Past and future evolution of Abies alba forests in Europe - comparison of a dynamic vegetation model with palaeo data and observations

Ruosch, Melanie; Spahni, Renato; Joos, Fortunat; Henne, Paul Daniel; van der Knaap, Willem Oscar; Tinner, Willy (2016). Past and future evolution of Abies alba forests in Europe - comparison of a dynamic vegetation model with palaeo data and observations. Global Change Biology, 22(2), pp. 727-740. Blackwell Science 10.1111/gcb.13075

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Information on how species distributions and ecosystem services are impacted by anthropogenic climate change is important for adaptation planning. Palaeo data suggest that Abies alba formed forests under significantly warmer-than-present conditions in Europe and might be a native substitute for widespread drought-sensitive temperate and boreal tree species such as beech (Fagus sylvatica) and spruce (Picea abies) under future global warming conditions. Here, we combine pollen and macrofossil data, modern observations, and results from transient simulations with the LPX-Bern dynamic global vegetation model to assess past and future distributions of A. alba in Europe. LPX-Bern is forced with climate anomalies from a run over the past 21 000 years with the Community Earth System Model, modern climatology, and with 21st-century multimodel ensemble results for the high-emission RCP8.5 and the stringent mitigation RCP2.6 pathway. The simulated distribution for present climate encompasses the modern range of A. alba, with the model exceeding the present distribution in north-western and southern Europe. Mid-Holocene pollen data and model results agree for southern Europe, suggesting that at present, human impacts suppress the distribution in southern Europe. Pollen and model results both show range expansion starting during the Bølling–Allerød warm period, interrupted by the Younger Dryas cold, and resuming during the Holocene. The distribution of A. alba expands to the north-east in all future scenarios, whereas the potential (currently unrealized) range would be substantially reduced in southern Europe under RCP8.5. A. alba maintains its current range in central Europe despite competition by other thermophilous tree species. Our combined palaeoecological and model evidence suggest that A. alba may ensure important ecosystem services including stand and slope stability, infrastructure protection, and carbon sequestration under significantly warmer-than-present conditions in central Europe.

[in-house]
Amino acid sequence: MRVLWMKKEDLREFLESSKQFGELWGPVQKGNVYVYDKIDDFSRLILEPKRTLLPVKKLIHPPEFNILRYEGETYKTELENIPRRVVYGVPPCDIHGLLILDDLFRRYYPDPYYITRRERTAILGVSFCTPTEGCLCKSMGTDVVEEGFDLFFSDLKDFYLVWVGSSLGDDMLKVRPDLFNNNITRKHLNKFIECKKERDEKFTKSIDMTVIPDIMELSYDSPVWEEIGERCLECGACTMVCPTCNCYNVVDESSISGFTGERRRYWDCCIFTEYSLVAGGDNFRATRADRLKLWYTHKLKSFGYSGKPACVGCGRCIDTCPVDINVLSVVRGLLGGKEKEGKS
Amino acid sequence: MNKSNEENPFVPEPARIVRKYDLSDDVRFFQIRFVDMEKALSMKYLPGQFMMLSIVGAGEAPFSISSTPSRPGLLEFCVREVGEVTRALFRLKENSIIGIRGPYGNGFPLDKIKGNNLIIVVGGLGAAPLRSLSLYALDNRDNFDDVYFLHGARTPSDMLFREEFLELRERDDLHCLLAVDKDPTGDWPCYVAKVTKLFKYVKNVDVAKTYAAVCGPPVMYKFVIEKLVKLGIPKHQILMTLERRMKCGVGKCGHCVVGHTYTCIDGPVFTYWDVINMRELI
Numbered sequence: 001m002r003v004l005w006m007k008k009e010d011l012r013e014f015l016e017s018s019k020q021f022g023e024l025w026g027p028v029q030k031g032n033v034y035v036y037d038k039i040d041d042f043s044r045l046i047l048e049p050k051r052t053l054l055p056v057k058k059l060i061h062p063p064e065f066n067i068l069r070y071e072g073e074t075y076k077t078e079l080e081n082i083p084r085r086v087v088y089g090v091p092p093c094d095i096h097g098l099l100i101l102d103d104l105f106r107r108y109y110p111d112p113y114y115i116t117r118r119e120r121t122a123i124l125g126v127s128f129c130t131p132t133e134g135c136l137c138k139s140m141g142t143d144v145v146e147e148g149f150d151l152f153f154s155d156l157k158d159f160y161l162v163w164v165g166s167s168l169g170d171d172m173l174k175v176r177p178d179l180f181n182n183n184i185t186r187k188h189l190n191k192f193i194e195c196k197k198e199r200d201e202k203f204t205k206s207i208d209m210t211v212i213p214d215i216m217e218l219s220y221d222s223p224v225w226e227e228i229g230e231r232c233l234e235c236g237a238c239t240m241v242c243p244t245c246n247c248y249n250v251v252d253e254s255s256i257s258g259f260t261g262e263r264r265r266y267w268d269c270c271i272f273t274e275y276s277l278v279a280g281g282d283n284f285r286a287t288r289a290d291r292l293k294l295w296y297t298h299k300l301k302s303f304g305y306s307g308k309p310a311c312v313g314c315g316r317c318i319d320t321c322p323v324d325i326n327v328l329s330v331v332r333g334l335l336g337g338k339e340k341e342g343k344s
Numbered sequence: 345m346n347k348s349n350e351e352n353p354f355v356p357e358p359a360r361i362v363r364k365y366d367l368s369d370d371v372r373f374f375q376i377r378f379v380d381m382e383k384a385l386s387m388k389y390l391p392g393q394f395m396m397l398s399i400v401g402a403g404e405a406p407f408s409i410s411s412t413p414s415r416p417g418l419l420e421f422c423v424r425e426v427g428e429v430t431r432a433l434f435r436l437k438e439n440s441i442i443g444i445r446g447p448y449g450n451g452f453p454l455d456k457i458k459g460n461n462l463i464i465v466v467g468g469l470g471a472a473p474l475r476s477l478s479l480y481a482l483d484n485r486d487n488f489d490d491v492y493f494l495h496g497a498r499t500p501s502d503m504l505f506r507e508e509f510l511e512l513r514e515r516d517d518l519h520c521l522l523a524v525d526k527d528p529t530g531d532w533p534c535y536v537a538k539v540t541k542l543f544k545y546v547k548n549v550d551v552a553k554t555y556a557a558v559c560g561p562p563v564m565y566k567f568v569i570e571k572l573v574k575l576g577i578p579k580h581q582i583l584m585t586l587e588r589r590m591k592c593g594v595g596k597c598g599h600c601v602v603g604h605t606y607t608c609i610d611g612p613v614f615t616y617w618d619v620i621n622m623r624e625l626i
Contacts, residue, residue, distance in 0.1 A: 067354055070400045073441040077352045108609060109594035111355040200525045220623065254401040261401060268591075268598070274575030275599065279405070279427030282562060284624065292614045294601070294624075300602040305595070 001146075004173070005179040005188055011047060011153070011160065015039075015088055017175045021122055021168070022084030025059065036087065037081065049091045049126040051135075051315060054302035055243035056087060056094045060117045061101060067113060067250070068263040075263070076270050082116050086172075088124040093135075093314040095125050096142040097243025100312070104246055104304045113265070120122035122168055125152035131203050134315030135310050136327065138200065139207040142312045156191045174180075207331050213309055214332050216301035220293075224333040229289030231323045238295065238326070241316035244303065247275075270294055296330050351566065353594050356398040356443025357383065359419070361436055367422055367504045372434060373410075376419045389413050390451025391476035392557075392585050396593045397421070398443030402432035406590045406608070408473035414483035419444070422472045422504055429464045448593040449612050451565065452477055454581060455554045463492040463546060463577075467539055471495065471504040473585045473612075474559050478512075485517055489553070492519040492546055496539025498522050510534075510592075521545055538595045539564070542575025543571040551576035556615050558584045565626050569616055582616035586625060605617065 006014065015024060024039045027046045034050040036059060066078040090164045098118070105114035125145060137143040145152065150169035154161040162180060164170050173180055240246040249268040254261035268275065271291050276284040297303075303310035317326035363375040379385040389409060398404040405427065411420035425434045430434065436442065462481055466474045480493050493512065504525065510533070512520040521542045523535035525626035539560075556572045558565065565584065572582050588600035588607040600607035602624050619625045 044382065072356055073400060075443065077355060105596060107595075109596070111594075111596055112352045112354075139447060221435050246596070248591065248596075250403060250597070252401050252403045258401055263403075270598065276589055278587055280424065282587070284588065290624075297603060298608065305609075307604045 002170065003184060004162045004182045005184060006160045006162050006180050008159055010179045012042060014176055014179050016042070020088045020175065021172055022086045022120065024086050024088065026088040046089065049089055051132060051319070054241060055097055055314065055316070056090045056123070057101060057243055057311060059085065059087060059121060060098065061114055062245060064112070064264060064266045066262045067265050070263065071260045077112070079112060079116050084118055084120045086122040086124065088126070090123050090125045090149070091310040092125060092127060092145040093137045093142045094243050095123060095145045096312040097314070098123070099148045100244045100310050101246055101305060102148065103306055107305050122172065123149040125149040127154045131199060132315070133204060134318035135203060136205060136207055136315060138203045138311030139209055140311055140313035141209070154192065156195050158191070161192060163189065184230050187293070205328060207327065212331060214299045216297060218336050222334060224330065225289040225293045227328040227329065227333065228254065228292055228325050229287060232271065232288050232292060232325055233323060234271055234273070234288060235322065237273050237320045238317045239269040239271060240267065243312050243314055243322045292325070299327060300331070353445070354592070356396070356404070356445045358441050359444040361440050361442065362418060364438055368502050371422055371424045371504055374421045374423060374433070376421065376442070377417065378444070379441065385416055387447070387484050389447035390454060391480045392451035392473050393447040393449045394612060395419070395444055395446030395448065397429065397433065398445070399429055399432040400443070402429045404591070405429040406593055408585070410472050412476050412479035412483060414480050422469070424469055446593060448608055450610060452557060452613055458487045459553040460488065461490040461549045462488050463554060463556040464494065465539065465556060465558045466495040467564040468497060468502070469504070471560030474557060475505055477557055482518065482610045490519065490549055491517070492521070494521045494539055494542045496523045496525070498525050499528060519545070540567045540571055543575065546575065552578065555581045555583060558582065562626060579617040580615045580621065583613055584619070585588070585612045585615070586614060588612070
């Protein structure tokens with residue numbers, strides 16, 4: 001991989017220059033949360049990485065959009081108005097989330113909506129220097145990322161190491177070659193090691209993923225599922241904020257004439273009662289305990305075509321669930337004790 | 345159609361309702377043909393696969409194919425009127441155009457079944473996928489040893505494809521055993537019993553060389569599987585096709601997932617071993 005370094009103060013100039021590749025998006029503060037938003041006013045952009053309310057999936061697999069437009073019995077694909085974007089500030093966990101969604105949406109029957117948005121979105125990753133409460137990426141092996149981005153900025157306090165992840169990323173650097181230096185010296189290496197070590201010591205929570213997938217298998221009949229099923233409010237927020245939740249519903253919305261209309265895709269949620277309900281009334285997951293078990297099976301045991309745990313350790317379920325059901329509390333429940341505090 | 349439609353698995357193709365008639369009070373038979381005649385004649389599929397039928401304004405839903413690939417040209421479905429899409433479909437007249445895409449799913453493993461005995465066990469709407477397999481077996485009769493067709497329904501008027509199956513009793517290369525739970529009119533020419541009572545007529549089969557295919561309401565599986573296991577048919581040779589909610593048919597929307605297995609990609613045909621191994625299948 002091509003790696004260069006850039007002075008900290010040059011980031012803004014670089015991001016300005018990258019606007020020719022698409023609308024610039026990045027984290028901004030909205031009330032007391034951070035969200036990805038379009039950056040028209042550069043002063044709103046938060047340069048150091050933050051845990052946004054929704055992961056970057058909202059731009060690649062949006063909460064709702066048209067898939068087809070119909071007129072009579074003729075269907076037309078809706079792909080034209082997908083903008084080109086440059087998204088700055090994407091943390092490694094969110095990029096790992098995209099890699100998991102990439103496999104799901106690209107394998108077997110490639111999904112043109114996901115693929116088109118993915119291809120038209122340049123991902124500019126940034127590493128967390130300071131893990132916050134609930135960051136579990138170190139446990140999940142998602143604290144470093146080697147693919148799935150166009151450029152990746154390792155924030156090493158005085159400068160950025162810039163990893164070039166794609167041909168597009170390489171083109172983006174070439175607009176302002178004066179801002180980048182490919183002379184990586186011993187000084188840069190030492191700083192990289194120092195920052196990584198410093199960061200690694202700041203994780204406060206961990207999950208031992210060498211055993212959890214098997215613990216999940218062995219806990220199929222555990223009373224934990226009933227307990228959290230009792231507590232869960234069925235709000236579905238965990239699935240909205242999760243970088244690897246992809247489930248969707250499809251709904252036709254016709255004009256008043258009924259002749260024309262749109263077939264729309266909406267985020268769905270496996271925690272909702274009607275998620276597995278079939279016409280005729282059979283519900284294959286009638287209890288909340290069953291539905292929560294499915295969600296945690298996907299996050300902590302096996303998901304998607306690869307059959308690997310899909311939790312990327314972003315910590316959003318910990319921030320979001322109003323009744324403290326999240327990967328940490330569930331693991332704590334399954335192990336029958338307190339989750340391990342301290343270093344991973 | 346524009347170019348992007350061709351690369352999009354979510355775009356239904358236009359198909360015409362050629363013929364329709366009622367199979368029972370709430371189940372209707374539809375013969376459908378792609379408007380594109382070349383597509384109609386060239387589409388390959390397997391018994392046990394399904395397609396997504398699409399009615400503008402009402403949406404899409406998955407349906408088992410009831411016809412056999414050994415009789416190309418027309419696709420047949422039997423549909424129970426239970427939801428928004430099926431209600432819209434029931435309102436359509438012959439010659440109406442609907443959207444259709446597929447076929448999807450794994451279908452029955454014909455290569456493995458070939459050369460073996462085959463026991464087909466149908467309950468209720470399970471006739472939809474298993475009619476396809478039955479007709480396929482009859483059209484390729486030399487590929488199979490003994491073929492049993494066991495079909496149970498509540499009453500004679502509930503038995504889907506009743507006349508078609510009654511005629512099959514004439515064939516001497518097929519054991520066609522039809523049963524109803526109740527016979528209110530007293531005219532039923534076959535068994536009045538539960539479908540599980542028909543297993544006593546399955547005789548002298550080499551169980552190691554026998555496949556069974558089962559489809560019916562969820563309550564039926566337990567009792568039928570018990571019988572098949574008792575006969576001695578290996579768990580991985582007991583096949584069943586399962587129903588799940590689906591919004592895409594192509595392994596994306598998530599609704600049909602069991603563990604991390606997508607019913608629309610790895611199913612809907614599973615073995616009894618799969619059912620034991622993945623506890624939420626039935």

Item Type:

Journal Article (Original Article)

Division/Institute:

08 Faculty of Science > Physics Institute > Climate and Environmental Physics
10 Strategic Research Centers > Oeschger Centre for Climate Change Research (OCCR)
08 Faculty of Science > Department of Biology > Institute of Plant Sciences (IPS) > Palaeoecology
08 Faculty of Science > Department of Biology > Institute of Plant Sciences (IPS)

Graduate School:

Graduate School of Climate Sciences

UniBE Contributor:

Ruosch, Melanie; Spahni, Renato; Joos, Fortunat; Henne, Paul Daniel; van der Knaap, Willem Oscar and Tinner, Willy

Subjects:

500 Science > 580 Plants (Botany)
500 Science > 530 Physics
500 Science > 550 Earth sciences & geology

ISSN:

1354-1013

Publisher:

Blackwell Science

Language:

English

Submitter:

Doris Rätz

Date Deposited:

03 Mar 2016 16:25

Last Modified:

03 Mar 2016 16:25

Publisher DOI:

10.1111/gcb.13075

BORIS DOI:

10.7892/boris.76207

URI:

https://boris.unibe.ch/id/eprint/76207

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